Like them or not, golf carts will gain larger prominence in the future


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Expect to see more golf carts in use across Viera in the coming years. It’s part of the overall development plan to make the community a place residents can live, work, play and shop with minimal usage of main arterial roads, especially Interstate 95 that parts it down the middle.

Golf cart parking at local shops, extra-wide pedestrian pathways marked for shared usage with golf carts, and clearly marked crossings of main roads will be coming, and are part of proposed changes requested of the Brevard County Commission Aug. 5 by The Viera Company, the residential development arm of town founder A. Duda & Sons. Commissioners voted 4-0, with one commissioner absent, to direct staff to consider and refine the draft changes to the ordinance and bring back a recommendation for approval at a future meeting.

“We want to allow for greater legal usage of golf carts, which will of course please those who use them, and hopefully we can at the same time bring order to golf cart usage overall, which will please those who may be bothered by their use,” said Jay Decator III, corporate counsel for The Viera Company.

Viera resident David M. Grant said he hopes more clear rules on golf cart use will address complaints about their misuse.

The presentation came a day after the community’s official 25th birthday Aug. 4, originally marked with the groundbreaking of the Brevard County School District headquarters, adjacent to the Government Center in Viera where the commission meeting took place, which is next to the Brevard County Court House, all among lands donated by A. Duda & Sons as part of an infrastructure that has redirected the county seat to Viera.

Back then, golf carts were seen as ― just that ― golf carts for shuttling golfers from their garages out onto the links. Families have increasingly used them to shuttle children to school for dropoff and pickup to avoid 30-minute wait times in the car loop. They have also become popular with young adults, which has given the convenience a black eye.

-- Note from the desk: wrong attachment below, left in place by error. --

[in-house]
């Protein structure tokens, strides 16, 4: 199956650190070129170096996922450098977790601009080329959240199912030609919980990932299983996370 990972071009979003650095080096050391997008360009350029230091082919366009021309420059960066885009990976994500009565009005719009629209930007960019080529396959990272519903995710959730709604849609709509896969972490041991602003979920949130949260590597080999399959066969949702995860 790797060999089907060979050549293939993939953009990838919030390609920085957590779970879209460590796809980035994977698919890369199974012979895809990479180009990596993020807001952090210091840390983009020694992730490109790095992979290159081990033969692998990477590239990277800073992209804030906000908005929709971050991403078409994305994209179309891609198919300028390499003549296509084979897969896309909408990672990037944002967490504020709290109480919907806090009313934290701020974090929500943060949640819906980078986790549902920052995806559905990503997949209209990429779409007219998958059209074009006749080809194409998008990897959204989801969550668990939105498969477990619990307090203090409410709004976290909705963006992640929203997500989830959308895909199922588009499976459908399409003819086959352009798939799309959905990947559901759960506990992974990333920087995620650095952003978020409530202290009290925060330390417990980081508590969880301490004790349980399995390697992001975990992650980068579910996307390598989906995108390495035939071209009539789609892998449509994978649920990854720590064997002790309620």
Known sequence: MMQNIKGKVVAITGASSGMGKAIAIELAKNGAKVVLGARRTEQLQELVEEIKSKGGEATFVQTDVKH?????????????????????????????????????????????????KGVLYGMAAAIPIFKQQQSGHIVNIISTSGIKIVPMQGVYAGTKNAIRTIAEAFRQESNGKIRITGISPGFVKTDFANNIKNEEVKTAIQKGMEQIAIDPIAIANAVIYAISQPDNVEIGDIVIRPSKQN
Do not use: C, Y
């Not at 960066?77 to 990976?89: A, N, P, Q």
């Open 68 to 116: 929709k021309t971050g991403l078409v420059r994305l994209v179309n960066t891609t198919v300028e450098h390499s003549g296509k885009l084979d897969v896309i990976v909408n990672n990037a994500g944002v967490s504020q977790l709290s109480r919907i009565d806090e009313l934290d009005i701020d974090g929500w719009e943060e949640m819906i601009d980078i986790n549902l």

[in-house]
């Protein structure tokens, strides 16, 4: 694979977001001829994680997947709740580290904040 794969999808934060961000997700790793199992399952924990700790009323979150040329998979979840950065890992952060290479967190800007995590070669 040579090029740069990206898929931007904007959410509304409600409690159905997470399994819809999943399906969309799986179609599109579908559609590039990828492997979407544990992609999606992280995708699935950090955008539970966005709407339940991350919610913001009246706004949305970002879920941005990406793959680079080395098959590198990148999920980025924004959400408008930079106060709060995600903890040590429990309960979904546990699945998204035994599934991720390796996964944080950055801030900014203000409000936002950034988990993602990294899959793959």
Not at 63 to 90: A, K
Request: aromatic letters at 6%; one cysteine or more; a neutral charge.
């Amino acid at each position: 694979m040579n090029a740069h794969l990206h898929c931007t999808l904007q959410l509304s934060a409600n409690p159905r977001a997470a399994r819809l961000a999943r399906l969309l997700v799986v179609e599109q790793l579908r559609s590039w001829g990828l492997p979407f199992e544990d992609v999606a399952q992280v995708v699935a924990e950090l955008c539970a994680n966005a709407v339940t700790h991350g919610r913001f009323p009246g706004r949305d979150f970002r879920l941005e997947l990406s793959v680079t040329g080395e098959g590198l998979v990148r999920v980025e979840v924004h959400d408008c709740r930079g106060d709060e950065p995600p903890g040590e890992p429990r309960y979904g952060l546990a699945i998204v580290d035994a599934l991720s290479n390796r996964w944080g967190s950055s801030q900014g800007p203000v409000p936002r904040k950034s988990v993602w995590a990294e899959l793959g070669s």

“Kids are standing and hanging all over the carts and traveling at high speeds,” said Charles Tovey, who spoke on this topic and many other others during the open discussion part of the meeting, as he frequently does at county commission meetings.

Jay Decator III, corporate counsel for The Viera Company, said changes to the golf cart use ordinance will better accommodate the growing number of residents who want to use them.

Another resident, David M. Grant, said he supported golf cart use but hoped that changes to the ordinance could also be an opportunity to make good cart conduct clear.

“This can be an opportunity to make golf cart users aware of the laws already in place, as well as any new rules,” Grant said.

Currently in Viera, golf cart use is allowed on streets within a particular residential development, and also in crossings of main artery roads. However, they are not permitted on the main feeder roads to access the main artery road crossings required to get to shopping, schools and other destinations outside of neighborhoods, nor are they allowed on existing sidewalks, Decator said.

“We plan to pay for the widening of existing walkways, and put in future walkways wide enough to accommodate golf cart traffic,” he said of draft ordinance revisions he submitted to the commission. Additional changes include clarification of rules that would limit carts to one rider per official seat, with standing at the back prohibited, and a speed limit of 15 miles per hour.

For more information or to give input to the process, call Brevard County Commission District 4 aide Pat Woodard at 321-633-2044.